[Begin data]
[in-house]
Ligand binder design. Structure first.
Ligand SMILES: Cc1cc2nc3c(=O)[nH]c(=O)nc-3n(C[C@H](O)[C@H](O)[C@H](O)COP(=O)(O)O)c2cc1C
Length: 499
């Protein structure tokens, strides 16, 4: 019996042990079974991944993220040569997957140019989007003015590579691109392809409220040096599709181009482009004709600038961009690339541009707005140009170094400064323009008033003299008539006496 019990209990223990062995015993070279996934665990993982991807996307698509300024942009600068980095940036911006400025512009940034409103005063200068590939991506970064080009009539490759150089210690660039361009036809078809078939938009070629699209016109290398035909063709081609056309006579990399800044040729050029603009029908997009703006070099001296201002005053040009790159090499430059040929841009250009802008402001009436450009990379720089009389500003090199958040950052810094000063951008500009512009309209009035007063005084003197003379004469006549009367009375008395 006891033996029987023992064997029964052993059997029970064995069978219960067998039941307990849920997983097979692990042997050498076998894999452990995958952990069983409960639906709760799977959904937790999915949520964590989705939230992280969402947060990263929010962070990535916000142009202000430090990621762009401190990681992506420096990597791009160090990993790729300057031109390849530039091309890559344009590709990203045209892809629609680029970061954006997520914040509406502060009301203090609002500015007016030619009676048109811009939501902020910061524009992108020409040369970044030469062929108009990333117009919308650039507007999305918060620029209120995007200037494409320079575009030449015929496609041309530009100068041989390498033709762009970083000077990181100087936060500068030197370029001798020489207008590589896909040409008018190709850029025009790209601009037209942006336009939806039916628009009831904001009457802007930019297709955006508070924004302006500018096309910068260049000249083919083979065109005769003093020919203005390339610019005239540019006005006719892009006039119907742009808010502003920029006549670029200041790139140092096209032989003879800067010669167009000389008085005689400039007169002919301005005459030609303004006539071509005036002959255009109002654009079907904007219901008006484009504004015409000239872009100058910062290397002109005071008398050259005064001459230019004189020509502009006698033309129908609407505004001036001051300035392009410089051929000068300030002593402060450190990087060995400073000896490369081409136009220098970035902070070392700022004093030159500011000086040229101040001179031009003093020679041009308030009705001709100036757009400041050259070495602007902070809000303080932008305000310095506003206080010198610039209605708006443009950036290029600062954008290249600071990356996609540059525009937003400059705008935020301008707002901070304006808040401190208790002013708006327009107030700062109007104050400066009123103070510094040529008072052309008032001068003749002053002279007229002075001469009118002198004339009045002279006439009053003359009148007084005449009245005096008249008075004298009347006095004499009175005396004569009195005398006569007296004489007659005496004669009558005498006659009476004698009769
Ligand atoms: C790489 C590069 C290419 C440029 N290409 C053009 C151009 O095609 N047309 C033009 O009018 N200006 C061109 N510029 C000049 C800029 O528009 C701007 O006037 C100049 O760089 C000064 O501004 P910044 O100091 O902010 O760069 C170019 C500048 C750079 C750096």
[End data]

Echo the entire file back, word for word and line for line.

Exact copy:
[in-house]
Ligand binder design. Structure first.
Ligand SMILES: Cc1cc2nc3c(=O)[nH]c(=O)nc-3n(C[C@H](O)[C@H](O)[C@H](O)COP(=O)(O)O)c2cc1C
Length: 499
């Protein structure tokens, strides 16, 4: 019996042990079974991944993220040569997957140019989007003015590579691109392809409220040096599709181009482009004709600038961009690339541009707005140009170094400064323009008033003299008539006496 019990209990223990062995015993070279996934665990993982991807996307698509300024942009600068980095940036911006400025512009940034409103005063200068590939991506970064080009009539490759150089210690660039361009036809078809078939938009070629699209016109290398035909063709081609056309006579990399800044040729050029603009029908997009703006070099001296201002005053040009790159090499430059040929841009250009802008402001009436450009990379720089009389500003090199958040950052810094000063951008500009512009309209009035007063005084003197003379004469006549009367009375008395 006891033996029987023992064997029964052993059997029970064995069978219960067998039941307990849920997983097979692990042997050498076998894999452990995958952990069983409960639906709760799977959904937790999915949520964590989705939230992280969402947060990263929010962070990535916000142009202000430090990621762009401190990681992506420096990597791009160090990993790729300057031109390849530039091309890559344009590709990203045209892809629609680029970061954006997520914040509406502060009301203090609002500015007016030619009676048109811009939501902020910061524009992108020409040369970044030469062929108009990333117009919308650039507007999305918060620029209120995007200037494409320079575009030449015929496609041309530009100068041989390498033709762009970083000077990181100087936060500068030197370029001798020489207008590589896909040409008018190709850029025009790209601009037209942006336009939806039916628009009831904001009457802007930019297709955006508070924004302006500018096309910068260049000249083919083979065109005769003093020919203005390339610019005239540019006005006719892009006039119907742009808010502003920029006549670029200041790139140092096209032989003879800067010669167009000389008085005689400039007169002919301005005459030609303004006539071509005036002959255009109002654009079907904007219901008006484009504004015409000239872009100058910062290397002109005071008398050259005064001459230019004189020509502009006698033309129908609407505004001036001051300035392009410089051929000068300030002593402060450190990087060995400073000896490369081409136009220098970035902070070392700022004093030159500011000086040229101040001179031009003093020679041009308030009705001709100036757009400041050259070495602007902070809000303080932008305000310095506003206080010198610039209605708006443009950036290029600062954008290249600071990356996609540059525009937003400059705008935020301008707002901070304006808040401190208790002013708006327009107030700062109007104050400066009123103070510094040529008072052309008032001068003749002053002279007229002075001469009118002198004339009045002279006439009053003359009148007084005449009245005096008249008075004298009347006095004499009175005396004569009195005398006569007296004489007659005496004669009558005498006659009476004698009769
Ligand atoms: C790489 C590069 C290419 C440029 N290409 C053009 C151009 O095609 N047309 C033009 O009018 N200006 C061109 N510029 C000049 C800029 O528009 C701007 O006037 C100049 O760089 C000064 O501004 P910044 O100091 O902010 O760069 C170019 C500048 C750079 C750096």